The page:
Former Kenyan Ambassador to Belgium, Luxembourg and Mission to the European Union Professor Jacob Kaimenyi has asked Kenyans to engage in ‘food diplomacy’ to promote Kenyan delicacies in foreign countries.
Now retired from civil service at his Mulathankari home in Meru County, Kaimenyi is urging Kenyans in the diaspora to market and promote the country's dishes abroad.
The former Education and Lands Cabinet Secretary in Uhuru Kenyatta’s administration said Kenyan dishes can market the country’s diverse cultures and also have the potential to earn investors good returns.
Kaimenyi confesses that he took every opportunity to serve Kenyan food whenever had the opportunity to host visitors in his official residence in Europe, where he served from July 2018 to June 2022.
“Promoting local cuisine while in Europe gave my guests a chance to sample a wide range of Kenyan flavours, taste, and aroma, and in the process an opportunity to learn our cultures,” he said.
He is urging more Kenyans working and living overseas to take advantage of the popularity of Kenyan dishes and invest in restaurants.
“Most of the foods, including arrow roots are in good supply, and have high nutritional and medicinal value,” he said.
Kaimeyi said astute business people in Europe were sources of most of the food items from Kenya, including avocado, mango and others.
“If you wanted to eat ugali there were places they sold maize meal. We ate plenty of nyama choma there,” Kaimenyi said.
“We must have food nutrition diplomacy; for those abroad, you must have the sense to promote that which is Kenyan foodstuffs because they are good,” he added.
A trained dentist with expertise in nutrition, Kaimenyi said indigenous foods have immense health benefits.
“The African meals or diet is very rich, is very healthy and is good for diabetics,” he said.
“There are many people out there who suffer certain diseases like diabetes and they don’t know how important it is to promote those foodstuffs,” Kaimenyi added.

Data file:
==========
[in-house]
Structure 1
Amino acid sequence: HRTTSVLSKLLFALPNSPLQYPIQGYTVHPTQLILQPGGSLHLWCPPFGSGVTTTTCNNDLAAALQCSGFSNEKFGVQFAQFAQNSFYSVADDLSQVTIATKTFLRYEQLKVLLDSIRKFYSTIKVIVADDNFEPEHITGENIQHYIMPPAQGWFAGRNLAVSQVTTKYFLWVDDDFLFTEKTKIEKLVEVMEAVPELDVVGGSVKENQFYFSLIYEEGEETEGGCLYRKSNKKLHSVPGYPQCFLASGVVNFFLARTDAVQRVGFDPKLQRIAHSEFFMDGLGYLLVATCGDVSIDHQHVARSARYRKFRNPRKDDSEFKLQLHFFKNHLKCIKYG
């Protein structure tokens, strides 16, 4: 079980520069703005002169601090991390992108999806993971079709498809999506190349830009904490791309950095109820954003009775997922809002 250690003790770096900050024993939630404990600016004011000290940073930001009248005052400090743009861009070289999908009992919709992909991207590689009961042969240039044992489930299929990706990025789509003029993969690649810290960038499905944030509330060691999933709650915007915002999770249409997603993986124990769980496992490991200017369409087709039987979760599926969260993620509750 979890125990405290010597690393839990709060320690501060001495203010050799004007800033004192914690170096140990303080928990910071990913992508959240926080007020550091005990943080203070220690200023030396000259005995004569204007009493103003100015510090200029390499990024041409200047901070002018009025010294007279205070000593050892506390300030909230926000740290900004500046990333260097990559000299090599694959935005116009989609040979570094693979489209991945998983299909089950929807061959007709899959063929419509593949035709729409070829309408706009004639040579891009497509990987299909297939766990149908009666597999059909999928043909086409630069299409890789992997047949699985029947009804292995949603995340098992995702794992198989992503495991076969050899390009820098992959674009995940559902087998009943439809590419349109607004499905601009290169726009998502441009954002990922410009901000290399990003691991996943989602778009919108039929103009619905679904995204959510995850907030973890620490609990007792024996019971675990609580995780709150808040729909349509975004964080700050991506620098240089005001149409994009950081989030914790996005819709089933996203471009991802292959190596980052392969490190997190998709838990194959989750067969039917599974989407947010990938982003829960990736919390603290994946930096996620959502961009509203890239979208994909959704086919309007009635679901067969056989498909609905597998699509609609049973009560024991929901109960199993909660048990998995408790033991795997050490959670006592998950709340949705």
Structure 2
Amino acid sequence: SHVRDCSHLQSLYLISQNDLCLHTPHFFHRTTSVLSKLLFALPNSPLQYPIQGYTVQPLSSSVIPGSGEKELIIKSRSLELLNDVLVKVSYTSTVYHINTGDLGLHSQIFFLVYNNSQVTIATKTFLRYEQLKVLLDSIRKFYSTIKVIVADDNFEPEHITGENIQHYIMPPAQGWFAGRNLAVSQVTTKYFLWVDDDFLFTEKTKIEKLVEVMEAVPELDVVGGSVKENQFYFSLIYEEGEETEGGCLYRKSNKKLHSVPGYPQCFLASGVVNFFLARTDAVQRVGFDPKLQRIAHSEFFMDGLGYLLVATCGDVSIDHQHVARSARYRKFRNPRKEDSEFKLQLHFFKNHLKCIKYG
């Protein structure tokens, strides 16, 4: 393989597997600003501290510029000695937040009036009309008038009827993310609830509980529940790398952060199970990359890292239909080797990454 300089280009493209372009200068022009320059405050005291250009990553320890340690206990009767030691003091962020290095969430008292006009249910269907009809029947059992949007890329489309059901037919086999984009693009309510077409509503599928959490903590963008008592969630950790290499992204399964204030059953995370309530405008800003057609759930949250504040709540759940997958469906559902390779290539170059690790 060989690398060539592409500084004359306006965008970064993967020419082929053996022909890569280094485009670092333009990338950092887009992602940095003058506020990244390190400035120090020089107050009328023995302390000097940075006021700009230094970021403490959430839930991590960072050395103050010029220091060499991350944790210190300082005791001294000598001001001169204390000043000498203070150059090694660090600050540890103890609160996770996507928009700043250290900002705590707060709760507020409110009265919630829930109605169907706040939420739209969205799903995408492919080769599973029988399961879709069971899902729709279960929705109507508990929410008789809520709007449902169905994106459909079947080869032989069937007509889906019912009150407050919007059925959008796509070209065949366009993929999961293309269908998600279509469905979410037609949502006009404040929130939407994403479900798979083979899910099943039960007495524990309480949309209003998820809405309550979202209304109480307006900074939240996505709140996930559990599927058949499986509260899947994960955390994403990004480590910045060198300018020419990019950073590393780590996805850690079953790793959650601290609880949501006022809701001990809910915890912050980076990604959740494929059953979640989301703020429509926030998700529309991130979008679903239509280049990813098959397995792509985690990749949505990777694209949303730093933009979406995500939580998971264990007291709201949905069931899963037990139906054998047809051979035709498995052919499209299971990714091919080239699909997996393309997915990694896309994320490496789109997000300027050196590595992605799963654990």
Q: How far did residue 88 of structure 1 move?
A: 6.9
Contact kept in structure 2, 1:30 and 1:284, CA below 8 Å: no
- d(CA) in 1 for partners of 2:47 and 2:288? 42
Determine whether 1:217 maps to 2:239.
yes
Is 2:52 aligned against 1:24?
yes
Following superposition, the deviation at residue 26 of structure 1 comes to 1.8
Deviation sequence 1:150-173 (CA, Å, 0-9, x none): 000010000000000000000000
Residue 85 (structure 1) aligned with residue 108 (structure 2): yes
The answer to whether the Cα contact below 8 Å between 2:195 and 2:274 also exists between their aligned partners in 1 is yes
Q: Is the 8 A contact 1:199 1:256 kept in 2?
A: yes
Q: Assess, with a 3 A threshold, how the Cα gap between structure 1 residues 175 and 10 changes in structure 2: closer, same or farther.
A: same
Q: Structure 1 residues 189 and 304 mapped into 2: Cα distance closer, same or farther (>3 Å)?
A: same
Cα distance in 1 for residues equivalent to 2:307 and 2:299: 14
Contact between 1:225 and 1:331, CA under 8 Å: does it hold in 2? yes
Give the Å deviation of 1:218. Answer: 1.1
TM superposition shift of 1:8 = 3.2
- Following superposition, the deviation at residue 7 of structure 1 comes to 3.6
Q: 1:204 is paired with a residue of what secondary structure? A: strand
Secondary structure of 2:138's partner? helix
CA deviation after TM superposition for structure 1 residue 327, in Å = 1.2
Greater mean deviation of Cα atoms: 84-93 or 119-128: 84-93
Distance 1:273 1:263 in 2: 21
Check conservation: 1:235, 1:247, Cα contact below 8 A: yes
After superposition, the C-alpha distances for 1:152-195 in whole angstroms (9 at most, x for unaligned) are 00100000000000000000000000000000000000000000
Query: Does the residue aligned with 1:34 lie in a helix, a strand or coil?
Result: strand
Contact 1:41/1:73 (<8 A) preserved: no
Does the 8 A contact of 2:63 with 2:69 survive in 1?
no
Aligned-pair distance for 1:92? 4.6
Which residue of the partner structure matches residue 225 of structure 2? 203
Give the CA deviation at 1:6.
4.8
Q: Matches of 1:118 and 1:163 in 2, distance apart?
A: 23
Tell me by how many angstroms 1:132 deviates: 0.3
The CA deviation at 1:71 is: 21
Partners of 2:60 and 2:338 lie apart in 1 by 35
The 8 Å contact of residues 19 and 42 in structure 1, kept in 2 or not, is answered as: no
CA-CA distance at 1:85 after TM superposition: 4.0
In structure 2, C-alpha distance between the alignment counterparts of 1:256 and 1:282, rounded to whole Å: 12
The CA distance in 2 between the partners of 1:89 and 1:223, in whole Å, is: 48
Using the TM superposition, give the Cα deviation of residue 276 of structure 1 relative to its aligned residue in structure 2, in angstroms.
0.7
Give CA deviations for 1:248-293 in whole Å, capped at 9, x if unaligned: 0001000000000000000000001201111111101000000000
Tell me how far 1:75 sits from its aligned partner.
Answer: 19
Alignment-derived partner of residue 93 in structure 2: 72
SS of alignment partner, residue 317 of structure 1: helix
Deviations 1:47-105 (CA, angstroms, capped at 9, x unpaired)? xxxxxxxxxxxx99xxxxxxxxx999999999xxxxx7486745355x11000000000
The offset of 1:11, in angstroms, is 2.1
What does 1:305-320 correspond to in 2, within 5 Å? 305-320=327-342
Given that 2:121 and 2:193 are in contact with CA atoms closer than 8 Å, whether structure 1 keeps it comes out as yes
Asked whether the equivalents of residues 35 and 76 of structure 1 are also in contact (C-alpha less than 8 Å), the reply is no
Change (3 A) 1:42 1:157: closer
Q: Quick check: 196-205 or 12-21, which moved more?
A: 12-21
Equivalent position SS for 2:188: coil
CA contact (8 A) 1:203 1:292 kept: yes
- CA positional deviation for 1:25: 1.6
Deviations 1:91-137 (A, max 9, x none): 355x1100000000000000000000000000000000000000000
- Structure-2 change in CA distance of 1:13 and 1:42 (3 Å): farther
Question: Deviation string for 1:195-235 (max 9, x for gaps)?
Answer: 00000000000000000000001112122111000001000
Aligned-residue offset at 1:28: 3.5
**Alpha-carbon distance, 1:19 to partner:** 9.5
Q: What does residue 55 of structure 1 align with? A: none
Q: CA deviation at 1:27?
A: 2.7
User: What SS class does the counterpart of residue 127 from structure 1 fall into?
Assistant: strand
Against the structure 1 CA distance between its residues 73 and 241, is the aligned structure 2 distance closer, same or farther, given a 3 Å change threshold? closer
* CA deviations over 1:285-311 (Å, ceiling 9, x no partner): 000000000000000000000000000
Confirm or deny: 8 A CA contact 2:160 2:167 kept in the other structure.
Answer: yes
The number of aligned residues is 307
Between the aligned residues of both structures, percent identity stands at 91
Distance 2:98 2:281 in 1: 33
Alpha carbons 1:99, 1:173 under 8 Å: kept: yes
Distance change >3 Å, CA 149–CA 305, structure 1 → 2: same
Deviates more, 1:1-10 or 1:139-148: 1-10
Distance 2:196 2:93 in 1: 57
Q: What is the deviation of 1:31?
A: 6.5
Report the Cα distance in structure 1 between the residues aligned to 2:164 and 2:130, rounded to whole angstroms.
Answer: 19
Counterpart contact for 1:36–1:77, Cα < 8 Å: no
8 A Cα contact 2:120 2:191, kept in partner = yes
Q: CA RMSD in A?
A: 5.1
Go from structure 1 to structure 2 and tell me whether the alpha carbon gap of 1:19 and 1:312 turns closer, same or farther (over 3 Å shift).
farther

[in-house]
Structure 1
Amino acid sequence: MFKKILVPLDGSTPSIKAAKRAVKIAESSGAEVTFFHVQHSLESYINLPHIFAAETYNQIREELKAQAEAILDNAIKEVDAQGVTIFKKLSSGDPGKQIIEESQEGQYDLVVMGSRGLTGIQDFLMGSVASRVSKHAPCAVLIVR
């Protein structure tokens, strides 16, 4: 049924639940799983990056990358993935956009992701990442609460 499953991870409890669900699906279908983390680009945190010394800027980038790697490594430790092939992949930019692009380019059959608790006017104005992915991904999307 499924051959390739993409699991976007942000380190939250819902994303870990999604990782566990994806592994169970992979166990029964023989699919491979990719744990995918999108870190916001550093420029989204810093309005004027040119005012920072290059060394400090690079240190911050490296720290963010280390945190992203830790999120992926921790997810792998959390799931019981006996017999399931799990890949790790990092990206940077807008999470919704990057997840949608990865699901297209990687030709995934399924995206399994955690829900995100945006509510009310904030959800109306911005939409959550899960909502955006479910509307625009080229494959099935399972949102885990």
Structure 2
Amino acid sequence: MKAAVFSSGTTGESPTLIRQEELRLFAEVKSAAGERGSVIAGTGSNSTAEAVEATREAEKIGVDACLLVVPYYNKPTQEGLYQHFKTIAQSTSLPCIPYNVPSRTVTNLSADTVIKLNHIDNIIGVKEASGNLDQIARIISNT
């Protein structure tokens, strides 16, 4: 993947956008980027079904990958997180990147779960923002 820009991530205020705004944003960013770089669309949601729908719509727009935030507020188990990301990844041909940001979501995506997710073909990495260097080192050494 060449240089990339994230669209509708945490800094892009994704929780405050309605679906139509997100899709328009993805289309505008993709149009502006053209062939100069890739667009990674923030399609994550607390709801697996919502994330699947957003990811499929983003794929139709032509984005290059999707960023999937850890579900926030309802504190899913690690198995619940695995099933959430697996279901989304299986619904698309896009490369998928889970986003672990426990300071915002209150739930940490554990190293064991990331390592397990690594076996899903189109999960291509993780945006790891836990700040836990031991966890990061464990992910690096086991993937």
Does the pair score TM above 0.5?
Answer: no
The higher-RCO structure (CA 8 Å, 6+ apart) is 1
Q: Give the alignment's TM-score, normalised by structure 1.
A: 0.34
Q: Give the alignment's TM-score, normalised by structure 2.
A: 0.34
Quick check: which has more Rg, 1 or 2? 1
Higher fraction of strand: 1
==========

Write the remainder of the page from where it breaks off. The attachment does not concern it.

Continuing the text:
He said foods like arrow roots, sweet potatoes, greens and others had health benefits hence the need to promote them.
“What I would like to see in foreign countries is more Kenyans opening eateries and promoting Kenyan foodstuffs. There is money in it,” he said.
Stay informed. Subscribe to our newsletter
To underline the popularity of Kenyan food, Kaimenyi gave an example of when they served the food during forums organized by the 79-member Organisation of African, the Caribbean and Pacific States (OACPS), a crucial trade bloc.
“We used to have a day in OACPS to showcase the best in our respective countries with regard to food. Lo and behold. You cannot believe it, people loved nyama choma and ugali,” he said.
Kaimenyi said he did the same in occasional parties he hosted during national days where he made sure the food served was Kenyan.
“You should have seen how the people, from all cultures, loved eating the Kenyan food,” Kaimenyi said.
He noted at his church abroad, they used to have an annual event where members prepared meals from their countries.
“I would get my cook to prepare Kenyan food and take it there for people to enjoy. People loved the ugali. They would crowd the area serving Kenyan foods,” he stated.
While ugali and nyama choma quickly come to mind, there are many other Kenyan dishes and drinks that whet the appetite of both locals and foreign tourists.
Other nutritious and popular foods include irio, a mix of mashed peas, potatoes and vegetables and githeri, a mixture of potatoes, beans and maize, and matoke - made with bananas and other dishes
It is these and other popular local dishes that Kaimenyi is urging Kenyans living abroad to market.